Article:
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Africa, China, Ghana, United States

Africa Recycles China and the U. S.’s e-Waste

Outside of Accra, Ghana’s capital, the world’s largest e-waste dump illegally receives discarded television monitors, ancient personal computers, old mobile telephones, toasters, shavers, and a host of other superseded gadgets and components containing electronic residues, silicon chips, wiring, and all of the new age’s inevitable remnants. Much of this e-waste stems from China, Europe, and the United States, the more dangerously to pollute this African site and others scattered across the continent. Africa needs to tell the developed world to keep its e-waste at home.

At the vast, waterlogged, site near Accra, boys and men pick through truckloads of e-waste daily, smashing with their feet and hands whatever they find, and then picking through the results with their fingers to find valuable metal residues, primarily copper, gold, and lead, capable of being sold in nearby markets – or sent back to China and the United States for re-use. Lots of plastic materials are also recovered as the dump is meticulously scavenged. These Ghanaian waste entrepreneurs also set fires across the dump, the better to melt circuit boards to reveal valuable metals. So acrid smoke is a constant factor, and young and more mature lungs suck in pollutants.

Picking through the e-waste, amid the particle-filled smoky air, is dangerous, so diseases of the lungs and skin, eye damage, burns, and untreated wounds are common among the scavengers of the Ghanaian and other African open dumps. Boys and men report chronic nausea, anorexia, debilitating headaches, and respiratory issues that never go away.

According to an April report from the United Nations University, more than 41 million metric tons of e-waste is produced globally each year., and an estimated 50 million metric tons will survive in 2050. Of the first total, 13 million metric tons is from microwaves, toasters, electric shavers, video cameras, and the like; 12 million from washing machines, clothes dryers, and so on; 7 million from large cooling and freezing equipment; 6 million from television screens and computer monitors; and 3 million from mobile telephones, pocket calculators, personal computers, printers, and the like. Of this gross amount, China annually discards at least 1.5 million metric tons of televisions, .50 tons of refrigerators, .35 tons of washing machines, 1 million tons of air conditioners, and .70 million tons of computers, plus a few tons of gadgets and components. This 6-7 million ton mass of e-waste amounted to 15 percent of the global total, just behind the sum of detritus produced in the United States.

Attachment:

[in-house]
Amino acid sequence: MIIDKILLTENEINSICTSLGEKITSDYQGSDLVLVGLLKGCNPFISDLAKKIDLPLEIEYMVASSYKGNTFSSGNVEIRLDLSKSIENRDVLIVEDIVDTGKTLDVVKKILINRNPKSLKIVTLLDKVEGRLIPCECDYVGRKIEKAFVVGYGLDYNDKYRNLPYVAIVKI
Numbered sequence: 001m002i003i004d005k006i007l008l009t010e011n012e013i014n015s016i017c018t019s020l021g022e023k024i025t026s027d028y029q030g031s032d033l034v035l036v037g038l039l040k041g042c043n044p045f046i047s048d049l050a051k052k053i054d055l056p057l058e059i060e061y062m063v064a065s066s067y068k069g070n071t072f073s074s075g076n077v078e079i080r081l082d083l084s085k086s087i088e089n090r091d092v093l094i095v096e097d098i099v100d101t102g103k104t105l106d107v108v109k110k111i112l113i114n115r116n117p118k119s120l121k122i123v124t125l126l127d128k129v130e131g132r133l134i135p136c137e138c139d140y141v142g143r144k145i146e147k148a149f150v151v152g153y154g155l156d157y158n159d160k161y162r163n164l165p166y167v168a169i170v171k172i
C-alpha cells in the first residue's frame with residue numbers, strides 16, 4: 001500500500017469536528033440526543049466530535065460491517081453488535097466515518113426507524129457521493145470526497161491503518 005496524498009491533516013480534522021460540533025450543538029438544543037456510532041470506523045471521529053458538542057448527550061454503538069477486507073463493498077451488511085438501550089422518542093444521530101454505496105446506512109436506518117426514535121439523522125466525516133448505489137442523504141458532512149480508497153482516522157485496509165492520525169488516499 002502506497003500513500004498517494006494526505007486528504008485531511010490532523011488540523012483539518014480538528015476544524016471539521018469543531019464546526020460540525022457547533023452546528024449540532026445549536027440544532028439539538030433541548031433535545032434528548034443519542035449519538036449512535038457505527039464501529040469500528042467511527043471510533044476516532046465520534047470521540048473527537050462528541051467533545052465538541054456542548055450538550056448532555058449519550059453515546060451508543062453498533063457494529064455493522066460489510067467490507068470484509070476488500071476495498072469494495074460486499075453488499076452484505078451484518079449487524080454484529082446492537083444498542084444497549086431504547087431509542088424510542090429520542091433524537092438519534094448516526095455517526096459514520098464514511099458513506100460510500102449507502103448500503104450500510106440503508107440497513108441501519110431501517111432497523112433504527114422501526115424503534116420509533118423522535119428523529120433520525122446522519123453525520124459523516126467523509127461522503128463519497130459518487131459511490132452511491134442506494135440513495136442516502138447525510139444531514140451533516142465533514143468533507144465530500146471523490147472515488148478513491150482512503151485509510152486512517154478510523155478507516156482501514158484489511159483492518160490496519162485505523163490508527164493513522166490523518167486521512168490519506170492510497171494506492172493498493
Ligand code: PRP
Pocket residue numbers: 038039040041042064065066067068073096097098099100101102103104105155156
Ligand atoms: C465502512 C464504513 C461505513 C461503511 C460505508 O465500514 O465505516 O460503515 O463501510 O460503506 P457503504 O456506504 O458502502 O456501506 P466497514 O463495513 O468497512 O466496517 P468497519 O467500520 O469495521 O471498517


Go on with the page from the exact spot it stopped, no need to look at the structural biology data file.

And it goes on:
But of those home-grown waste totals, China collected only 1.5 million metric tons (29 percent), much lower than Europe’s 40 percent, and far ahead of the U. S., which only managed to gather 15 percent of its e-waste. As China grows even more prosperous and consumer-oriented, so will its e-waste stream, much of which will inevitably be exported to West Africa.

What is not re-cycled at home and by hand by 60,000 waste-workers in vast open-air factories near Guiyu in Guangdong Province, the home of Chinese e-waste, will increasingly be shipped abroad, especially to Africa. There the processing of e-waste is much less expensive, relying as it does on the bare bones and life-threatening methods employed in Ghana. African environmental watchdogs fear that Ghana and Nigeria will continue to be the e-waste processing countries of choice, that other West African nations will accept e-waste, and that Africans will end up ill and debilitated as they pore over the developed world’s polluting e-waste.

Africa itself generates comparatively little e-waste, and only a handful of the continent’s countries have enacted legislation regulating the collection and treatment of e-waste. The biggest discarders of e-waste are Egypt, South Africa, and Nigeria, but together their e-waste totals less than 1 million metric tons annually.

West Africans, who can purchase far fewer electronic items and television than wealthier Chinese or Americans, correspondingly have little to toss away. But Ghana and Nigeria, and West Africa more generally, has become the landing place of Chinese and American e-waste because there has been more resistance to such imports in Southern and Eastern Africa, and because the governments of West Africa have largely turned a blind eye to the human results of scavenging. Corruption may also have played a role, with exporters inducing West African authorities to ignore illicit dumping.

When Presidents Xi Jinping and Barack Obama visit Africa, or when African heads of state travel to Beijing and Washington, barring others’ electronic leftovers from their countries ought to be high on the agenda of the leaders of Africa. Mostly unrecognized as major problems until now – except at the very local level, where waste entrepreneurs are suffering – Africans ought to persuade both major powers to prohibit the export of e-waste, or at least attempt to match the recycling efforts of Europe and keep it out of Africa.

 

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